Players will receive a shortened season proposal from MLB in which they will be paid full prorated salaries, but for just 50 games.
Jeff Passan of ESPN reported on Monday evening that MLB will be proposing a shorter season to the players.
The season would be comprised of around 50 regular-season games and the goal is to begin regular season play in July. According to this plan, players would be paid a full prorated share of their salaries.
Passan went on to note that MLB will discuss alternatives to a shorter season with players.
Major League Baseball intends to propose a shorter season in which they would pay players a full prorated share of their salaries, sources told ESPN. The league believes the late March agreement allows it to set the schedule, and that this would fulfill players’ pro rata desire.
— Jeff Passan (@JeffPassan) June 1, 2020
Opening Day was delayed due to the outbreak of COVID-19. The MLBPA and MLB attempting to come together with the purpose of developing a plan for a potential 2020 season has been nothing short of a complete mess.
In March, MLB and the MLBPA agreed that MLB had the right to determine the length of the season, regardless of how short or long it may be. That’s why the new plan’s season is 50 games, as of right now. The March agreement also dictated that MLB would pay the players prorated salaries.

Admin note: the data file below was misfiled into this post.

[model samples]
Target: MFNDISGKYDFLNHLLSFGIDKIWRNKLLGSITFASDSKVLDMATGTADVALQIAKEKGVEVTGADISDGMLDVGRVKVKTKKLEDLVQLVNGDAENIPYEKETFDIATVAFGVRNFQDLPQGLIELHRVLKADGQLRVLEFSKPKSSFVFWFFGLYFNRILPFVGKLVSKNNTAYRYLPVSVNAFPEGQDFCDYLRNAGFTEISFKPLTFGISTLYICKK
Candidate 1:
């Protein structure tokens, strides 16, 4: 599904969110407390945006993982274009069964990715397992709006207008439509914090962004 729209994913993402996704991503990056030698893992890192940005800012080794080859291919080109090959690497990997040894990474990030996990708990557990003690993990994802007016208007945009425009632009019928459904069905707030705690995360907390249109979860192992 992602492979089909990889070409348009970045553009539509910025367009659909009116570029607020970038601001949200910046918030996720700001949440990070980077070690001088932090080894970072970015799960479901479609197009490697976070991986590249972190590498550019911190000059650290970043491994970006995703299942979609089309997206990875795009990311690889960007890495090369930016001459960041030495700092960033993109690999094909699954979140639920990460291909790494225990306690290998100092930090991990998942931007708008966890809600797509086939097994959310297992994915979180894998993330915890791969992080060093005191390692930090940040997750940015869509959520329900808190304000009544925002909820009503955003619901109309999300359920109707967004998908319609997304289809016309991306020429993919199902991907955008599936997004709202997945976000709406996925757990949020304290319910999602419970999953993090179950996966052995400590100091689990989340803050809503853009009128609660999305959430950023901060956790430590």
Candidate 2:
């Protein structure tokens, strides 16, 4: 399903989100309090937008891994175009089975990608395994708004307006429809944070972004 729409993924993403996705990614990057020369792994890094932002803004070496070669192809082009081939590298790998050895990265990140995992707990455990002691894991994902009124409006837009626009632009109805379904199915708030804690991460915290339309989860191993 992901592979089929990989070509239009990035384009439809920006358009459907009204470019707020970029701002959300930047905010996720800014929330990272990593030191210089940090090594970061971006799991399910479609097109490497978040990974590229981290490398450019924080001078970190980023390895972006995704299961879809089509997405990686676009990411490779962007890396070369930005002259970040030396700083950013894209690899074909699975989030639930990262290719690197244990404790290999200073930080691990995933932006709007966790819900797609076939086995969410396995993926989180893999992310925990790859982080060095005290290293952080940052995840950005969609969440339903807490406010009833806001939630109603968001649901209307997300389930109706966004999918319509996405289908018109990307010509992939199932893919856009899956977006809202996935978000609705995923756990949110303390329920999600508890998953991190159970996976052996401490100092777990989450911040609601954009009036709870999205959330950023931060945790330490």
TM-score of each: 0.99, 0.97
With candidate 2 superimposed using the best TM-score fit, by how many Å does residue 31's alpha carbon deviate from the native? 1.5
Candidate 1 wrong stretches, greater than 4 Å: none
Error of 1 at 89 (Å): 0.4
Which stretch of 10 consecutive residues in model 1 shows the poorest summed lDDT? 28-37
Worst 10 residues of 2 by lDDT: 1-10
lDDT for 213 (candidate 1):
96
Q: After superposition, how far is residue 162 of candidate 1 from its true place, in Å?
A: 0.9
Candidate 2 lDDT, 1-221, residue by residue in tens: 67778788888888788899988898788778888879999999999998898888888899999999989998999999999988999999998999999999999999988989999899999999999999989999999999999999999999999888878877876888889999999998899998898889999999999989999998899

Commissioner Manfred has right via March 26 agreement to unilaterally start season of any length — even short, like 40-50 games — and pay prorated salaries. There is no intention for MLB to propose that now however. Hope remains to compromise and play season of meaningful length.
— Jon Heyman (@JonHeyman) June 1, 2020
In May, however, the owners amended the terms of the agreement, stating that players and owners would receive a 50-50 revenue split, instead. Many players voiced their disapproval with this plan and said the players’ union would not agree to it.
On Monday, the MLBPA reportedly pushed for a 114-game season and was willing to see an expanded playoff comprised of 14 teams instead of the usual 10.
The fact that, in its new plan, MLB has agreed to pay players their full prorated salaries is a step in the right direction. However, the MLBPA may not be inclined to sign off on it because the proposed season is so short.
They wouldn’t be earning nearly as much as they would if they were playing a full season, which could prove to be a problem. Here’s to hoping that both sides can agree that playing more games is the best option.
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